You're due for a downgrade: user experience (part one)

6 min read

Georgia Iacovou

30 Apr 2019

The internet, at first: ugly, funny, hard to use

And then: sleek and cool

And now: ugly, not funny, impossible to use

Look at this awesome website. Can you believe the web used to look like this? This is the ugliest thing I’ve ever seen, but also the best thing I’ve ever seen. I don’t recall if I ever visited this site when I was a child, but if I did I probably had a great time. This page on the Space Jam site is just called ‘neat stuff to look at’. The ‘neat stuff’ is just a few screenshots from the movie, and the colour of the background will be forever etched in my retinas.

Screenshot of Spacejam website

The cool thing is, was built by professionals (I mean… I assume?). And then this site was built by an individual on Geocities. It is their personal homepage. It looks just as bad (or good, depends how you look at it) as Space Jam’s. Or what about this - it’s written in third person which suggests this is their ‘professional page’ which maybe is what you did before Linkedin? I don’t know.

In our nowadays-eyes, these all look roughly the same: like a janky mess. That’s because two decades ago, designing for web wasn’t really a thing yet. Also, we didn’t know what the internet even was yet. Like, at first it sort of just was ‘neat stuff to look at’.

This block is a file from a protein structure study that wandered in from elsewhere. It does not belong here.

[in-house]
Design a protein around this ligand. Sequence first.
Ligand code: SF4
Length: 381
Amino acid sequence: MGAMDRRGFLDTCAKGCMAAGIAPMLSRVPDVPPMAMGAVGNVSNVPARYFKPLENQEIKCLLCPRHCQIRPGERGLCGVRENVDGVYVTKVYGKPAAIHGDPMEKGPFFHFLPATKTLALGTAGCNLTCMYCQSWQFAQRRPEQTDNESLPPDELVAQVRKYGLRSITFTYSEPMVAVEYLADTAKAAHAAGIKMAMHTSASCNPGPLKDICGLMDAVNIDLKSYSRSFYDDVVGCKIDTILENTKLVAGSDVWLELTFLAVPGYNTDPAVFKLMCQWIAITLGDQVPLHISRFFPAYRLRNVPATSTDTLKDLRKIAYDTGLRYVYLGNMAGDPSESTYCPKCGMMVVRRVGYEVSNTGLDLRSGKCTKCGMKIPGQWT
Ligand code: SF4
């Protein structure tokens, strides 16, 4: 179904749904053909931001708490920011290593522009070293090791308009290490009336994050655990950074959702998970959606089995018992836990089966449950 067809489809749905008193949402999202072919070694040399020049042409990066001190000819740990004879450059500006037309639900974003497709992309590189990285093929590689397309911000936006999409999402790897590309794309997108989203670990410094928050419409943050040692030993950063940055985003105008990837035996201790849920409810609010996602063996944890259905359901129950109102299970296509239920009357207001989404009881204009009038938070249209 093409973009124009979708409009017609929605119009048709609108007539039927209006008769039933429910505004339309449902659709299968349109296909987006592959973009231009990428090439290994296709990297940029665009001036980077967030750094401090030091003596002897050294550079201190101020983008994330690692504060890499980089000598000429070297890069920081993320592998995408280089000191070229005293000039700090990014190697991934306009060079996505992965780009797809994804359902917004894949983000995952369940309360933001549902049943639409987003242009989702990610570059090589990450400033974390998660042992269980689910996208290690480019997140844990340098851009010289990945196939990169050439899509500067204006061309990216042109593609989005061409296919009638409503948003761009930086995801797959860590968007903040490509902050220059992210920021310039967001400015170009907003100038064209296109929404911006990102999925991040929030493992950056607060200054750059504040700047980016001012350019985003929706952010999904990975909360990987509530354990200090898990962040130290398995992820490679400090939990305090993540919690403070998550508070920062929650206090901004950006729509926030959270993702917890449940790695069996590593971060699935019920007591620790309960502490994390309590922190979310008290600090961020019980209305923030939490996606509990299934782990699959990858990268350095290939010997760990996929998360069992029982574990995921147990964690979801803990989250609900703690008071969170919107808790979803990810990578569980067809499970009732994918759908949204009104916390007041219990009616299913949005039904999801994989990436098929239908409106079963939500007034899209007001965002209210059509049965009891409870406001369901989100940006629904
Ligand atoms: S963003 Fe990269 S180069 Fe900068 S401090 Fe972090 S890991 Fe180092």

So yeah for a few years we all just plodded along enjoying cool animated banners and full-width Times New Roman babble about personal hobbies and ‘interesting links’. BUT THEN: we all learned what a social network was. Now, social networks are not solely responsible for what changed, but they were a very visible part of it.

In 2003 Myspace slowly seeped its way into our internet lives. We had a central place to create our own cool pages containing cringy photos of your thirteen year old self and intense animated backgrounds which took roughly three whole minutes to load on your dial up connection and very likely used up most of your RAM. So Myspace was kind of like Geocities in that you could really make your page look like your own, but with the added bonus of connecting with others. Like this guy, Tom.

Profile picture of Myspace Tom Myspace co-founder and everyone’s first ‘friend’.

Then somehow we all got Zuckerberged and Facebook took over as ‘coolest social media’. And what did this mean? Suddenly, apart from the actual content, ‘your homepage’ looked just like everyone else’s. Facebook had no room for animated sparkles and flashing text and whatever other crap we liked in the early naughties.

This slight dampening of self expression wasn’t just ‘the man’ saying ‘the internet isn’t a toy, kids’. It was the emergence of standards in web design. Facebook is only one example of how online things became prettier and nicer to use. Actually Facebook is a terrible example of this - personally I hate that shade of blue and I think it’s just awful to use.